The science of attack ads

Sadie Dingfelder reviews the latest research on political advertising.

In one study, published in 2005 in the American Journal of Political Science, Brader and his colleagues found that campaign ads that make people feel fear — with ominous music and grainy images of drugs and violence — caused people to seek more information and remember more facts from a newscast aired afterward. Ads that sparked feelings of enthusiasm in viewers — with upbeat music and images of flags and smiling children — reduced viewers’ interest in learning more about candidates’ positions, he found. “Fear ads heighten attentiveness and weaken people’s reliance on partisan habits, while enthusiasm ads reassure you, and reaffirm the choice you’ve already made,” Brader says…

In the past, campaigns have been wary of deploying negative ads for fear of backlash, says Ridout. However, that may be changing as campaign operatives see evidence that negative ads can break through party affiliations and also sway independent voters. A case in point: Mitt Romney’s February landslide in the Florida Republican primary came on the heels of the “most negative advertising campaign in history,” according to the nonprofit Campaign Media Analysis Group. The week before the primary, 99 percent of Romney’s ads were negative, while 95 percent of Newt Gingrich’s ads were negative.

Dingfelder also looks at the next frontier in political ads: subliminal messaging.




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The science of attack ads

  1. Time to regulate political ads.

    • Or you can turn your tv off. 

      • I don’t watch TV….but it seems kinda stupid to have to turn your TV off, and miss a program because of political attack ads.

    • Past time really.

      As a Canadian what I’d like to see is spending limits outside of an election.

      • I agree….nothing outside an election….and during that election, ads with a spokesperson outlining what they are FOR, and where they want to lead the country……and leaving all other parties out of it.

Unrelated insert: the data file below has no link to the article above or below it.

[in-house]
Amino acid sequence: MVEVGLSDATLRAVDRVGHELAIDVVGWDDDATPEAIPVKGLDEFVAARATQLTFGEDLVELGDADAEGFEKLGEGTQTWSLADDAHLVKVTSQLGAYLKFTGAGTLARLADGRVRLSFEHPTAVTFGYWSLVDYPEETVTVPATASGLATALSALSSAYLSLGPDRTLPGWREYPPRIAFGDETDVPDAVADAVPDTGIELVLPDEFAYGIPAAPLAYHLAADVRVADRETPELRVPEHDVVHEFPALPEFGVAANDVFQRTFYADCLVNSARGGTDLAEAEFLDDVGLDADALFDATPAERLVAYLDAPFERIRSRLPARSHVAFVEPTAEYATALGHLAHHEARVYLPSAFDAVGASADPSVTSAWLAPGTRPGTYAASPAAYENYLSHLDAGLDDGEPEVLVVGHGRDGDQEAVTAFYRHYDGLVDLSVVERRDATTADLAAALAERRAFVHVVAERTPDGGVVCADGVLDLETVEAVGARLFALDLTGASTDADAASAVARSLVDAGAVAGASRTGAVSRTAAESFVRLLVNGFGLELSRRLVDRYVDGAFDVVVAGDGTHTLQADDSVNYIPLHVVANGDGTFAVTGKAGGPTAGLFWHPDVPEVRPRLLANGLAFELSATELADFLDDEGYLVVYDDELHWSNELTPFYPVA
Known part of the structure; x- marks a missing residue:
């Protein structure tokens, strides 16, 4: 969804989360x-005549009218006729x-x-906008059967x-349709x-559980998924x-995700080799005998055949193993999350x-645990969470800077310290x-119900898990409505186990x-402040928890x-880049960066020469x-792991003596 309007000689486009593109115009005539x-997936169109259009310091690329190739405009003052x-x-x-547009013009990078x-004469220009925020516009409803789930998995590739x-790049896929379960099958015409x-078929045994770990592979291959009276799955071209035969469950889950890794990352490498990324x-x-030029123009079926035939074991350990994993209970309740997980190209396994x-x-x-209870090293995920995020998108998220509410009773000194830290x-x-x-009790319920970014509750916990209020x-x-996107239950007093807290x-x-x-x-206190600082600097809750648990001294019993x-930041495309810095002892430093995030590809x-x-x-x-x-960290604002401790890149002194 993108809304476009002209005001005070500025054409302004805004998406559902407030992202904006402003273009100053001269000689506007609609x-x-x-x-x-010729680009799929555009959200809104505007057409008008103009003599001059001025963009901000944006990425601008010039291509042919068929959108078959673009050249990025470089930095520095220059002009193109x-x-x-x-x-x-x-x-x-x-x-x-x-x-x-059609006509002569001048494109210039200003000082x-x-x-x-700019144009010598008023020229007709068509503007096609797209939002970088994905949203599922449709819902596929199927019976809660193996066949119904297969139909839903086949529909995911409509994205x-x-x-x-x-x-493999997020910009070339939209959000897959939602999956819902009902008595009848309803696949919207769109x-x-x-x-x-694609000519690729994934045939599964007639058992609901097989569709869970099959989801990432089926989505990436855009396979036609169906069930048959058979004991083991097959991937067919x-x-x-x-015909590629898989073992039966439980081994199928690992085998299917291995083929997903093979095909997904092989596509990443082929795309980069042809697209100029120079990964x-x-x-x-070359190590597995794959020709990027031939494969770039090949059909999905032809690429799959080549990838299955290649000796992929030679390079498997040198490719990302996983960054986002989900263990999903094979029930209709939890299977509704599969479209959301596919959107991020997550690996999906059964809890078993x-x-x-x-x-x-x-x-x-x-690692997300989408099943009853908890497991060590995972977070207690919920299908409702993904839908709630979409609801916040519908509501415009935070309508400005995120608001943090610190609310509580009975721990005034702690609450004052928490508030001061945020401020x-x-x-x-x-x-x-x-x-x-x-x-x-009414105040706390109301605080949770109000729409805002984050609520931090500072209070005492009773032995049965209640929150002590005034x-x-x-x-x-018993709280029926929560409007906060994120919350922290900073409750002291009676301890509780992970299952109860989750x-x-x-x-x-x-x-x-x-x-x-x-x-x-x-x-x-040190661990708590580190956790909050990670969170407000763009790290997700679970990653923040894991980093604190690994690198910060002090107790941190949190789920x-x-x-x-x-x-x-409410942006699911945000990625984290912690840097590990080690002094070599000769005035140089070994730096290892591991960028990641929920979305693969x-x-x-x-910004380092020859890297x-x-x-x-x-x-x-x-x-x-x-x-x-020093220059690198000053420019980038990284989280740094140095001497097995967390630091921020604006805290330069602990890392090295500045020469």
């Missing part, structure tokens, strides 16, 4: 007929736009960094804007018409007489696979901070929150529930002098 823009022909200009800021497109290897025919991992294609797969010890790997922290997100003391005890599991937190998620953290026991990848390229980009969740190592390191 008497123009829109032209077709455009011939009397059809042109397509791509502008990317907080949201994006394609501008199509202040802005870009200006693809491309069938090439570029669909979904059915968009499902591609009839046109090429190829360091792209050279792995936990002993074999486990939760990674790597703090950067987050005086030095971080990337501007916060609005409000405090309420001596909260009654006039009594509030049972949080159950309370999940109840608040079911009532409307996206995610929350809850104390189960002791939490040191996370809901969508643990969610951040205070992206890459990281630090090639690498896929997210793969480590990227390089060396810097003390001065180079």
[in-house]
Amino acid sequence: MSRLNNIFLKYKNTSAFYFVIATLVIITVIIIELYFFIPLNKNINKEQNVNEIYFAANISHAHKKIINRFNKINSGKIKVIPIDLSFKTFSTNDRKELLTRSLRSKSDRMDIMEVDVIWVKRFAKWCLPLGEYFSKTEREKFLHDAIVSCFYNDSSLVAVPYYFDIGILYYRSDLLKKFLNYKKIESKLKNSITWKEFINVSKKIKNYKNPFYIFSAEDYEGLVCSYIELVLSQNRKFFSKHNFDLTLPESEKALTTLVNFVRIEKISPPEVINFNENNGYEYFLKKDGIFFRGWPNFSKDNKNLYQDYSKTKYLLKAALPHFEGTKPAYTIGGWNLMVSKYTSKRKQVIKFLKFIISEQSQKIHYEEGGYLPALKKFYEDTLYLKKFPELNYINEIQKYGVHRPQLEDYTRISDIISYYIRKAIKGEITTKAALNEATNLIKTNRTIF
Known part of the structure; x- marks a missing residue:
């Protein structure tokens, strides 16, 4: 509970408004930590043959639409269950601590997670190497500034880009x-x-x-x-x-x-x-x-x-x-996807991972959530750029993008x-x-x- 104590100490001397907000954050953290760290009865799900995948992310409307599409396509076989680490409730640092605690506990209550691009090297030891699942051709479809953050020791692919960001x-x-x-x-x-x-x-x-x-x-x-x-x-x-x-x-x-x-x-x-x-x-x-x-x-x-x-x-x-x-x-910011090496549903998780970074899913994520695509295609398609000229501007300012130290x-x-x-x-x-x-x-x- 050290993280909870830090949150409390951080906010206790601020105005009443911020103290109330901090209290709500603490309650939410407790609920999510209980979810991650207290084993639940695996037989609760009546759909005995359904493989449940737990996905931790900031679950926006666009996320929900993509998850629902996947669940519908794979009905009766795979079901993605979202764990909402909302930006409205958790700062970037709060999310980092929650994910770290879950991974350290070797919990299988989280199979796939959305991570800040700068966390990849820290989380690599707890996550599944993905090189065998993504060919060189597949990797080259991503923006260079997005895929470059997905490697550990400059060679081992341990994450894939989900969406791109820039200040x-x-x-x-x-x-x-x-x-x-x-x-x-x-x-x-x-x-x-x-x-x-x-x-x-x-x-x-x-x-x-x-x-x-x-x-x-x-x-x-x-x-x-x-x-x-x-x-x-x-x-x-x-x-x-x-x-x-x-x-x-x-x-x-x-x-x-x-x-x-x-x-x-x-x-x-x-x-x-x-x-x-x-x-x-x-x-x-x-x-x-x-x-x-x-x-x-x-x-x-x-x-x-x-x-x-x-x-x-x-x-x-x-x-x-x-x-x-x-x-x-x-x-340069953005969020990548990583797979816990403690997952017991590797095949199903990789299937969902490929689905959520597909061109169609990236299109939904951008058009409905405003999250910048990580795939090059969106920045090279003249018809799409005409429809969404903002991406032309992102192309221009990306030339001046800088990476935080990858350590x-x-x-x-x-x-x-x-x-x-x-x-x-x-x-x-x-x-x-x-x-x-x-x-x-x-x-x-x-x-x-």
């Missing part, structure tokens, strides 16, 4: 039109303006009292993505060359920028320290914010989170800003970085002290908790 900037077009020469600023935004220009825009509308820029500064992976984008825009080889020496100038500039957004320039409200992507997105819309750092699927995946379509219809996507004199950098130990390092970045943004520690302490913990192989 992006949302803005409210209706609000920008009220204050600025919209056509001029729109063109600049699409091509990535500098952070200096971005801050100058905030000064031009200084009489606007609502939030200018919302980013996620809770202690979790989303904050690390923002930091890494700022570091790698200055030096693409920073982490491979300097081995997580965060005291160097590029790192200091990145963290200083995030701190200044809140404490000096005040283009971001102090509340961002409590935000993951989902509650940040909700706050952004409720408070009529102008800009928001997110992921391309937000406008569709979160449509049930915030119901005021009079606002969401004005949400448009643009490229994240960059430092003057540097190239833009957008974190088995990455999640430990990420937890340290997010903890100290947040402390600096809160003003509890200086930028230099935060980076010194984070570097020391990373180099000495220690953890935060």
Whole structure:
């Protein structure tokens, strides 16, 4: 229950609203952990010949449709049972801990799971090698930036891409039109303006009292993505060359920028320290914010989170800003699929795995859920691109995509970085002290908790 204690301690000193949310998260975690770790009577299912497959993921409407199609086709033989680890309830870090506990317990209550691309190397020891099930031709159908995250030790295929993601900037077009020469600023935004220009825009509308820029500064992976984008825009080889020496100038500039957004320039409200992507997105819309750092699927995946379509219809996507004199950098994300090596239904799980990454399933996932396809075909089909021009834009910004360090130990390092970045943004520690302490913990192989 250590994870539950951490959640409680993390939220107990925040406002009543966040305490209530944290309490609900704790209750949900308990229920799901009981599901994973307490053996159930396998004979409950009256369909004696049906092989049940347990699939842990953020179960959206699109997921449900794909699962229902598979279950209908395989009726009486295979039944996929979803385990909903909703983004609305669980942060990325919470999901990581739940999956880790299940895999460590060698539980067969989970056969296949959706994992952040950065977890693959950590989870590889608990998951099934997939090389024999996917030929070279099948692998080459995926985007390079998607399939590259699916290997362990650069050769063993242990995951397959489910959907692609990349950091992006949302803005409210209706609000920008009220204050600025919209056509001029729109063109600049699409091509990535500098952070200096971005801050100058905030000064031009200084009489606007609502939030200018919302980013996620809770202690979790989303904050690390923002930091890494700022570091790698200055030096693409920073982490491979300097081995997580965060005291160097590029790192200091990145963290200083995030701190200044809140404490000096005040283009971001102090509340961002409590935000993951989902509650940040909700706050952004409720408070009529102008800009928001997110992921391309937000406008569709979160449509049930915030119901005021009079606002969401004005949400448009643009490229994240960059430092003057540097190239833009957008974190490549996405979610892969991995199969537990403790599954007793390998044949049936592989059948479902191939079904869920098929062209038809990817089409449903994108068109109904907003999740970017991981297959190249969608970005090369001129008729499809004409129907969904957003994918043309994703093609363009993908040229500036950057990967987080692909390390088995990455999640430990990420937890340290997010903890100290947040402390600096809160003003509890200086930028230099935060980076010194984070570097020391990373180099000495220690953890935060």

Treat voters as adults in other words….not as kids that can be frightened and manipulated.

        • What’s a political advertisement, though? Do you just limit it to adverts put out by the parties? What about when the gov’t of Canada puts out an advert trumpeting it’s Economic Action! Plan? Or when the Suzuki Foundation puts out an advert asking for support to protect our waterways? What if they mention in the advert that the government isn’t doing what it should be doing to protect them?

          If we just limit it to ads put out by the parties, the parties will simply donate to some friendly charity, which can donate to a political action group, which can run the ads.  Or if we restrict money from going out of the party, they’ll encourage their voters to donate to political friendly groups, which will be free to run ads and then donate the rest to the party.

          It’s a really difficult thing to regulate if parties decide that the letter of the law is all that matters, and that seems to be where we’ve arrived at over the past few years. (And some might argue that even the letter mattering is in doubt).

          I tend to think what would work better is to have the parties all open up their books completely.  Every six months, their accounts go online so any member of the public can peruse and publish.

          • A political ad is one done by a political party to gain votes in an election.

            Govt of Canada ads should only be about govt things….not promoting one party or the other.

            Nothing is stopping the oil patch from firing back as Suzuki….they aren’t about parties

            Nobody will be reading party books, anymore than they read the budget or MPs expense accounts.

          • Okay. How is “Just Visiting” an ad to gain votes? It’s certainly an ad to lose votes.. but to gain?

  2. The social science of attack ads, more like.

    Chronicle Of Higher Education:

    The discovery that the Dutch researcher Diederik A. Stapel made up the data for dozens of research papers has shaken up the field of social psychology, fueling a discussion not just about outright fraud, but also about subtler ways of misusing research data. Such misuse can happen even unintentionally, as researchers try to make a splash with their peers—and a splash, maybe, with the news media, too.

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